The European Central Bank is reportedly considering to launch its public digital currency. This move may be regarded as a direct response to the announcement of Facebook’s Libra.
EU to Launch A Digital Currency?
As reported by Reuters, the draft states that the European Union should consider launching a public digital currency by working closely with the European Central Bank. Purportedly, an official from the ECB has said that such a project would allow customers to use electronic cash, which is directly deposited at the bank and thus eliminating the need for bank accounts or financial intermediaries.
An EU-based digital currency has been previously endorsed by ECB Board member – Benoit Coeure, who said that the bank should consider a possible entry in this market. Back in September, he pointed out that “global stablecoin initiatives can make international payments cheaper and faster and support financial inclusion.” In his words, they could also raise serious challenges in terms of safety, operational robustness, customer protection, and “risk to financial stability and monetary sovereignty.”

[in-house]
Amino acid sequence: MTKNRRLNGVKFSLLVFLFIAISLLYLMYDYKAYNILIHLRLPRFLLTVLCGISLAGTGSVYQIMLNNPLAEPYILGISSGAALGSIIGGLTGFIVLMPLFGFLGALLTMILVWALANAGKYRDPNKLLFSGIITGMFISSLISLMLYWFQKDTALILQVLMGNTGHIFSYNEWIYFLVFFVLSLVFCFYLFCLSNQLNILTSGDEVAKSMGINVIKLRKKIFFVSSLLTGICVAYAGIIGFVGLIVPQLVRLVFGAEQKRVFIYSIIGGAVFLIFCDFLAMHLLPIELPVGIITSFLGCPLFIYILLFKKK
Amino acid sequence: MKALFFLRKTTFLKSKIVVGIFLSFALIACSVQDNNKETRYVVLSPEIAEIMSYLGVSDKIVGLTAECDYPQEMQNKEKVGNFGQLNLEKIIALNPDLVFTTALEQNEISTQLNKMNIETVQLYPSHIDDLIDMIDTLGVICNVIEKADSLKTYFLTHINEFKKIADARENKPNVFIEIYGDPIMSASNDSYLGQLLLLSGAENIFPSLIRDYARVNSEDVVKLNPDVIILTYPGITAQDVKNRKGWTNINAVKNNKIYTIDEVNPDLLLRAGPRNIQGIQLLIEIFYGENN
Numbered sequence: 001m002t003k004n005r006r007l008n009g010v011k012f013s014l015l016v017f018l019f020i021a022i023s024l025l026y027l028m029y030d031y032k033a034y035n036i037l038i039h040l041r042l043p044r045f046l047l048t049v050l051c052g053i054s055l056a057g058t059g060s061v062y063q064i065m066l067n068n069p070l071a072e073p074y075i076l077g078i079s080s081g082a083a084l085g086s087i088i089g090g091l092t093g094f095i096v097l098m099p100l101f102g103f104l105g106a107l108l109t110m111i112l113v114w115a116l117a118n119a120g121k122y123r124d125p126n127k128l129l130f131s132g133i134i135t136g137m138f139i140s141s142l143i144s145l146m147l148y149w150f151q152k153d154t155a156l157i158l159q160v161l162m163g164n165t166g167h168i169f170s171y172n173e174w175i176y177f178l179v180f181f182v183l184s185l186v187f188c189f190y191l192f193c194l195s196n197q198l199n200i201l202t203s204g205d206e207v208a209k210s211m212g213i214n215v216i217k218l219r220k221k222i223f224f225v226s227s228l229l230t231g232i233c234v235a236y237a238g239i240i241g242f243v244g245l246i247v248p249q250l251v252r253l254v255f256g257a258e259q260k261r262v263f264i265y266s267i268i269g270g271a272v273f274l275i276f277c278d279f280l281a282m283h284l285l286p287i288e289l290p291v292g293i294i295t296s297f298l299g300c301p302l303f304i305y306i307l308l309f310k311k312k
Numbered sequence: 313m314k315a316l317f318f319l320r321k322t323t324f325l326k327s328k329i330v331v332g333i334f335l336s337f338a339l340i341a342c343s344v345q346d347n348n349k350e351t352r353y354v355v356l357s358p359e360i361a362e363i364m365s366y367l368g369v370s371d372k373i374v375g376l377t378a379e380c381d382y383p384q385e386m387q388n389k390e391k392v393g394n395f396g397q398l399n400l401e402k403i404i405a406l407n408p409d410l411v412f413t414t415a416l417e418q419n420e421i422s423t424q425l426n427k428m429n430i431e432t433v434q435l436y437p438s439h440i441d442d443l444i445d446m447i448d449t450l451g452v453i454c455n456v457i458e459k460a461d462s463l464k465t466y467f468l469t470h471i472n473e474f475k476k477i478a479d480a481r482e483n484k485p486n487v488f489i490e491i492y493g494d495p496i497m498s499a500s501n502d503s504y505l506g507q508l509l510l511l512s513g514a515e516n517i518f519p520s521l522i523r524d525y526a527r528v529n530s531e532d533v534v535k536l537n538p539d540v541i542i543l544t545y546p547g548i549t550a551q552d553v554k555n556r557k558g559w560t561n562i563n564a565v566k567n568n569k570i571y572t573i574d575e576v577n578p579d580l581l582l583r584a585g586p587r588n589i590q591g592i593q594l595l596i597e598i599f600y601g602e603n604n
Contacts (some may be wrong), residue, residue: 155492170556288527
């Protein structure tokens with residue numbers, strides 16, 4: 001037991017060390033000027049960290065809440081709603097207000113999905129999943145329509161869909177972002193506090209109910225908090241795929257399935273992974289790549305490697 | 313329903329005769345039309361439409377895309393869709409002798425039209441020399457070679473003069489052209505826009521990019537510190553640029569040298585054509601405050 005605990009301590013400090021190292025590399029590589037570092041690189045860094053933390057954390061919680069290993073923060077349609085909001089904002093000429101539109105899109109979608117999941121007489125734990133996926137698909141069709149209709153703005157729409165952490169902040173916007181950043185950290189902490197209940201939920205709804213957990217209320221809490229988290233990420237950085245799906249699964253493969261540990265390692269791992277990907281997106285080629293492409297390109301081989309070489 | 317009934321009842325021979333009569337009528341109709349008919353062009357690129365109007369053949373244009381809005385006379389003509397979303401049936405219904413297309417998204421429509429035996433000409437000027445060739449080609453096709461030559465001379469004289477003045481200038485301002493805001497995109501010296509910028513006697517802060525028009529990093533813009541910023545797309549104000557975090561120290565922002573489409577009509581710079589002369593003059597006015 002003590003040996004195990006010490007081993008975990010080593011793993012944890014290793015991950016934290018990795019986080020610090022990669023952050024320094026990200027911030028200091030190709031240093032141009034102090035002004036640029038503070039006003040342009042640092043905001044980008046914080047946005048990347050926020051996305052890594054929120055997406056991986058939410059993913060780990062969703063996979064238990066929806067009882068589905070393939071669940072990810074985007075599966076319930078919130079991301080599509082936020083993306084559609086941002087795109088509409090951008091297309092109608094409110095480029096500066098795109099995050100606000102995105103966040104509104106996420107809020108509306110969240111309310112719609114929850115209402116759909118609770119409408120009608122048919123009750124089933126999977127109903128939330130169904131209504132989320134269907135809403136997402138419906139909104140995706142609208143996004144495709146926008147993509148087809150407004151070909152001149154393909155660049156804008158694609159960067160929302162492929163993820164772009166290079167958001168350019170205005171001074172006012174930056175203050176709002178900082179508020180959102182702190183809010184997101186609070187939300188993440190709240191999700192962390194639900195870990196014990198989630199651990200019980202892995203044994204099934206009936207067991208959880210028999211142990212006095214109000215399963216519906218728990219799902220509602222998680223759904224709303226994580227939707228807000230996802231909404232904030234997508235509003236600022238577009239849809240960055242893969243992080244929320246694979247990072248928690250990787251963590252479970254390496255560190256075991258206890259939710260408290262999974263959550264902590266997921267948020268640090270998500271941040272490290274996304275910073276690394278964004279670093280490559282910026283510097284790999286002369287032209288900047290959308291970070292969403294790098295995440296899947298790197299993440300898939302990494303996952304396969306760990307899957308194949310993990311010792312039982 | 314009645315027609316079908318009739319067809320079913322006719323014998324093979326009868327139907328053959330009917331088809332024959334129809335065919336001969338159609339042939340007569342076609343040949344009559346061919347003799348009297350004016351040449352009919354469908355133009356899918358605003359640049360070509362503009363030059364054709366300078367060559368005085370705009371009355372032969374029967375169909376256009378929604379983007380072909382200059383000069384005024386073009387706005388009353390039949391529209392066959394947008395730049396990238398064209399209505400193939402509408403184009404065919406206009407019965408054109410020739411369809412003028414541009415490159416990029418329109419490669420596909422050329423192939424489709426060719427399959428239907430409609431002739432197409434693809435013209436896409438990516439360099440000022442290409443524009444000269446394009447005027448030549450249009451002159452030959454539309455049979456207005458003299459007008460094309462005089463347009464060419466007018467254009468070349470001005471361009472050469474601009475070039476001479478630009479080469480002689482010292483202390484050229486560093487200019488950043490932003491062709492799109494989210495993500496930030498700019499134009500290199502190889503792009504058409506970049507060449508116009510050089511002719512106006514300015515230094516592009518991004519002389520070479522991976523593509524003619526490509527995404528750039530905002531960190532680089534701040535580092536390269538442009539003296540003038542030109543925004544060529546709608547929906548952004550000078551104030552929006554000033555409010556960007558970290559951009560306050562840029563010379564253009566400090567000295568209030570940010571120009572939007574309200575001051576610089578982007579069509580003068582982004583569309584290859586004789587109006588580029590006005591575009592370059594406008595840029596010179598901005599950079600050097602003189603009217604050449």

EU to Oppose Libra?
After announcing Libra to the world in April, Facebook brought serious media attention to itself and the entire cryptocurrency market. It started with officials from Germany and France agreeing to block Libra in their respective countries and continued with U.S. Congressional Hearings, calling it a potential threat to the U.S. dollar.
The current version of the draft mentioned above is also focusing on better regulatory campaigns against cryptocurrencies. Reportedly, legislative requirements until this point haven’t been exceptionally high because of the low impact that stablecoins had. However, Facebook’s involvement and its broad reach over billions of users, has purportedly raised severe concerns among regulators.
As per Markus Ferber, member of the EU Parliament since 1994, “the [EU] Commission has been way too complacent on the issue so far. With the threat of Libra on the horizon, it is time for action now.”
Reportedly, the draft was created by the Finnish EU presidency, and it also reads:
“The ECB and other EU central banks could usefully explore the opportunities as well as challenges of issuing central bank digital currencies, including by considering concrete steps to this effect.”